The
fligner
statistic is sensitive to differences in variances between the samples.>>> from scipy import stats >>> res = stats.fligner(small_dose, medium_dose, large_dose) >>> res.statistic 1.3878943408857916
The value of the statistic tends to be high when there is a large difference in variances.
We can test for inequality of variance among the groups by comparing the observed value of the statistic against the null distribution: the distribution of statistic values derived under the null hypothesis that the population variances of the three groups are equal.
For this test, the null distribution follows the chi-square distribution as shown below.
>>> import matplotlib.pyplot as plt >>> k = 3 # number of samples >>> dist = stats.chi2(df=k-1) >>> val = np.linspace(0, 8, 100) >>> pdf = dist.pdf(val) >>> fig, ax = plt.subplots(figsize=(8, 5)) >>> def plot(ax): # we'll reuse this ... ax.plot(val, pdf, color='C0') ... ax.set_title("Fligner Test Null Distribution") ... ax.set_xlabel("statistic") ... ax.set_ylabel("probability density") ... ax.set_xlim(0, 8) ... ax.set_ylim(0, 0.5) >>> plot(ax) >>> plt.show()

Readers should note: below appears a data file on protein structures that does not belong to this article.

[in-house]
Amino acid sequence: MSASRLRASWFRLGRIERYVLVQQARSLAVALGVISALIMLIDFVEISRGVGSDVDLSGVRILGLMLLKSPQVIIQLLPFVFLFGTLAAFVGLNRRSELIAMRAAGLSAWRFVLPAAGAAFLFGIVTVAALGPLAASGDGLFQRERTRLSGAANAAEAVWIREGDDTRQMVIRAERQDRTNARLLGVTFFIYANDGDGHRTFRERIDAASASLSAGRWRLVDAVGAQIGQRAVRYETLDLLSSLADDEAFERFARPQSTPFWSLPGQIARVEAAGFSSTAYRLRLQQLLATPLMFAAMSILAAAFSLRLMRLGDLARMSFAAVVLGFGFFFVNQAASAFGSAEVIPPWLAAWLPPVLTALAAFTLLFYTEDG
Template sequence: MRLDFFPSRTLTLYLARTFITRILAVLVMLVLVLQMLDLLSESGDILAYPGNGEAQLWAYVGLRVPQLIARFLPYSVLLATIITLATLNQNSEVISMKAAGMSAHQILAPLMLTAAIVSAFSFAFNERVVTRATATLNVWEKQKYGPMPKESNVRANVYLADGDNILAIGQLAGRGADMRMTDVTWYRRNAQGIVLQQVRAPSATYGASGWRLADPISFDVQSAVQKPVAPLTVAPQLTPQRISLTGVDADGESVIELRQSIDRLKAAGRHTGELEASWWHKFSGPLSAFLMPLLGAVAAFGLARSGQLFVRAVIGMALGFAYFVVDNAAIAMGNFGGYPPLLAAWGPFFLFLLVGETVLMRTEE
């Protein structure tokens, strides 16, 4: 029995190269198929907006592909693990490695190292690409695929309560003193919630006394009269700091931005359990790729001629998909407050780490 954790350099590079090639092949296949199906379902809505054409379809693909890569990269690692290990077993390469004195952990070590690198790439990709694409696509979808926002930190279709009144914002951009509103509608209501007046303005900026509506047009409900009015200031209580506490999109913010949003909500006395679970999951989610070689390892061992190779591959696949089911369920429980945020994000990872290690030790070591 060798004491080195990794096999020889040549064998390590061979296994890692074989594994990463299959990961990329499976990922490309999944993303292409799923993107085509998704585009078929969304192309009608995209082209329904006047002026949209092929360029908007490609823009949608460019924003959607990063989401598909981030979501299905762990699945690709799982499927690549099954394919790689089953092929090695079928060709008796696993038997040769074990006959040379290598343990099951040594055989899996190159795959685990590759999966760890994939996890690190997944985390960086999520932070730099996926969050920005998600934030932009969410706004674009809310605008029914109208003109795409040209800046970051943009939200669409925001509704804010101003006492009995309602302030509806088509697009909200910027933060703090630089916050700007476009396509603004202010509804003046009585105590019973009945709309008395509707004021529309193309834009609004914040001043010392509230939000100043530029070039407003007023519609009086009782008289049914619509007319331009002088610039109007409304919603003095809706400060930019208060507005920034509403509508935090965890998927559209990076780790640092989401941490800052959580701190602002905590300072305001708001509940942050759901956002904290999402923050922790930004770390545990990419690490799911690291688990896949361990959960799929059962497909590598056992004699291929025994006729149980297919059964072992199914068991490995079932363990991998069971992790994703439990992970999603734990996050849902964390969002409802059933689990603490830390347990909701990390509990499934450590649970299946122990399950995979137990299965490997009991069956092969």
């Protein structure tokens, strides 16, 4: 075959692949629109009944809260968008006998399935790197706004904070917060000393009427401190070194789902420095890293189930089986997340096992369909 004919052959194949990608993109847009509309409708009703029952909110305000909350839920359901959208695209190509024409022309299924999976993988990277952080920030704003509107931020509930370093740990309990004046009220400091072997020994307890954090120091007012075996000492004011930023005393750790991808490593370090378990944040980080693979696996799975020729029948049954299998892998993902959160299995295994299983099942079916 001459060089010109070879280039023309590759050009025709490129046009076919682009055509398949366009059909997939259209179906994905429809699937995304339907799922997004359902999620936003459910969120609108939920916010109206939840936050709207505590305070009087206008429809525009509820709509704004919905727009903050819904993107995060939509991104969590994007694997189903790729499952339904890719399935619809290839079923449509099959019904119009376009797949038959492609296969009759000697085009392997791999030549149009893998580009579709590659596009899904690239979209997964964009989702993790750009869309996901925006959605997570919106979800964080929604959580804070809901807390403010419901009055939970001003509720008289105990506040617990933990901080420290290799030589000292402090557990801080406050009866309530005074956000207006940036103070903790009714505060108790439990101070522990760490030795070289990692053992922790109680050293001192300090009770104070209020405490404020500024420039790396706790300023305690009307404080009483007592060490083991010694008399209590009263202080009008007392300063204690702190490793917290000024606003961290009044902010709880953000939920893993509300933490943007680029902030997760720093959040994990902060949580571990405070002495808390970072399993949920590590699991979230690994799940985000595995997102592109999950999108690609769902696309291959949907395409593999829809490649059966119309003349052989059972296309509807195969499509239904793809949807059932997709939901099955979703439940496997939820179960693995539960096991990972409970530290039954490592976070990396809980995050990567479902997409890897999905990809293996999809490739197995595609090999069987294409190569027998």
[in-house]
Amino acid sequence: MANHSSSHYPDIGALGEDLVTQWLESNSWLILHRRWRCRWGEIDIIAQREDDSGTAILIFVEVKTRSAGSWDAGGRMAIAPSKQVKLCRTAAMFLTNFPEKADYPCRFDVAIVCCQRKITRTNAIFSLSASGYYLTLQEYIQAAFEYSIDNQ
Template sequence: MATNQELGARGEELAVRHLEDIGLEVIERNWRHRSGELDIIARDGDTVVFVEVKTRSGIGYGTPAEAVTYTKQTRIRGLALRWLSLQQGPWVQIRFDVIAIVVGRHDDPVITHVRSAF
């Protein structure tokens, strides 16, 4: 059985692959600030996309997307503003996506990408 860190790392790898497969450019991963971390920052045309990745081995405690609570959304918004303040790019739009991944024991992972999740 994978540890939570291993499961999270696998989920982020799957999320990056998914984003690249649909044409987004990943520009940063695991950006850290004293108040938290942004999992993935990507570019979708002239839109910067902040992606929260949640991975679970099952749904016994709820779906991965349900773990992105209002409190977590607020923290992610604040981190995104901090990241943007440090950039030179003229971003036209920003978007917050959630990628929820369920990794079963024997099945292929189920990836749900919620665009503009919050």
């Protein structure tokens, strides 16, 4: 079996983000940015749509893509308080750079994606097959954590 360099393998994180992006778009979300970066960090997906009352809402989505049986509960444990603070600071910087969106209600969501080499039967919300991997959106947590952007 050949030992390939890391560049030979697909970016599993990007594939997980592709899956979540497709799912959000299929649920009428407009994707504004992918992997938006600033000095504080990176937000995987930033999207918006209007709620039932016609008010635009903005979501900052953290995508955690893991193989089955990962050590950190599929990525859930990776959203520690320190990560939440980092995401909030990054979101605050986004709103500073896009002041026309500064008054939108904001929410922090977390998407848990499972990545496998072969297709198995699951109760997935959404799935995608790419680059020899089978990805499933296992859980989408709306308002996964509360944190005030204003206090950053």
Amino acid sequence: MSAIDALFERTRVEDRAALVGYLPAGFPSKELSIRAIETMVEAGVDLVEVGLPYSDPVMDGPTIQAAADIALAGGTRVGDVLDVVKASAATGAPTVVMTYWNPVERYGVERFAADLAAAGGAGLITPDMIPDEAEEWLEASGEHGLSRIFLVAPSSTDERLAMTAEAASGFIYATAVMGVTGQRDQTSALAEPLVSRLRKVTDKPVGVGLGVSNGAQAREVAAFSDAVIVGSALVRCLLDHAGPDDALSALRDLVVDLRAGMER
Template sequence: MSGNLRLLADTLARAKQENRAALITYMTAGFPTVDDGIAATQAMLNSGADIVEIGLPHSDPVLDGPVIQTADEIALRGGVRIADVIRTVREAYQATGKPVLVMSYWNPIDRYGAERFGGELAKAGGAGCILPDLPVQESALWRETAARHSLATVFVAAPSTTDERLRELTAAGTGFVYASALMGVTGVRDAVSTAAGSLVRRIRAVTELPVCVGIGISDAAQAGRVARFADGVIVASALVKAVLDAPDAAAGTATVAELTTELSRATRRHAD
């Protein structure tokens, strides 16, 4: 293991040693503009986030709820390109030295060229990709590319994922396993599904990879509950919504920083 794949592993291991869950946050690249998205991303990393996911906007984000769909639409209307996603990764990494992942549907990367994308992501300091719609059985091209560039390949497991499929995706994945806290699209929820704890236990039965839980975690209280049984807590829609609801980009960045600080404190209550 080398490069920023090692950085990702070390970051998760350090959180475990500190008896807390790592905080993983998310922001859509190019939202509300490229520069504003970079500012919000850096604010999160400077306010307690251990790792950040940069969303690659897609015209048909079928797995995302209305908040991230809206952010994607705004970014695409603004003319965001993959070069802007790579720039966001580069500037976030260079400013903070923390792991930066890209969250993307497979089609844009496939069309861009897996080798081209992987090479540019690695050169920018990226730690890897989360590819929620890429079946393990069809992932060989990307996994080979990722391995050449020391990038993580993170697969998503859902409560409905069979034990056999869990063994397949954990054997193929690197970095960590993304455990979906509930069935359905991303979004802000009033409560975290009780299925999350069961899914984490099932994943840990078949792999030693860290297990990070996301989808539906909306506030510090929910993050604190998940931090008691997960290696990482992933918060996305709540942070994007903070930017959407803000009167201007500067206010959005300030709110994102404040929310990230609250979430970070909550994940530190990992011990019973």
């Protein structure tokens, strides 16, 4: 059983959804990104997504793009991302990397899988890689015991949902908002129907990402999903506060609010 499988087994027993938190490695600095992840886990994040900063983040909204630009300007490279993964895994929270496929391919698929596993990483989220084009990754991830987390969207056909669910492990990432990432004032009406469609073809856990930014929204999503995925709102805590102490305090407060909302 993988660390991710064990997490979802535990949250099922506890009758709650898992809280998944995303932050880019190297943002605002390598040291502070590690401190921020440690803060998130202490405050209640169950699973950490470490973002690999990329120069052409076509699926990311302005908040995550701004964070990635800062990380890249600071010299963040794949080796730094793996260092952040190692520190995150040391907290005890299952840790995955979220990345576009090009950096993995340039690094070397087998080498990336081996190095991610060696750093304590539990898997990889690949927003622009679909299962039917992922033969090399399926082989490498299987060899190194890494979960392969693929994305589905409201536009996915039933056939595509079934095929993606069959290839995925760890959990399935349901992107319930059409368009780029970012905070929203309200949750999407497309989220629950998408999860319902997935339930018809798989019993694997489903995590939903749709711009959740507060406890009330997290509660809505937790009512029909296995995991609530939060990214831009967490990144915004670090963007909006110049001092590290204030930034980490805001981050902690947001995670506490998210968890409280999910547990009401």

The comparison is quantified by the p-value: the proportion of values in the null distribution greater than or equal to the observed value of the statistic.
>>> fig, ax = plt.subplots(figsize=(8, 5)) >>> plot(ax) >>> pvalue = dist.sf(res.statistic) >>> annotation = (f'p-value={pvalue:.4f}\n(shaded area)') >>> props = dict(facecolor='black', width=1, headwidth=5, headlength=8) >>> _ = ax.annotate(annotation, (1.5, 0.22), (2.25, 0.3), arrowprops=props) >>> i = val >= res.statistic >>> ax.fill_between(val[i], y1=0, y2=pdf[i], color='C0') >>> plt.show()
>>> res.pvalue 0.49960016501182125
If the p-value is “small” - that is, if there is a low probability of sampling data from distributions with identical variances that produces such an extreme value of the statistic - this may be taken as evidence against the null hypothesis in favor of the alternative: the variances of the groups are not equal. Note that:
The inverse is not true; that is, the test is not used to provide evidence for the null hypothesis.
The threshold for values that will be considered “small” is a choice that should be made before the data is analyzed [6] with consideration of the risks of both false positives (incorrectly rejecting the null hypothesis) and false negatives (failure to reject a false null hypothesis).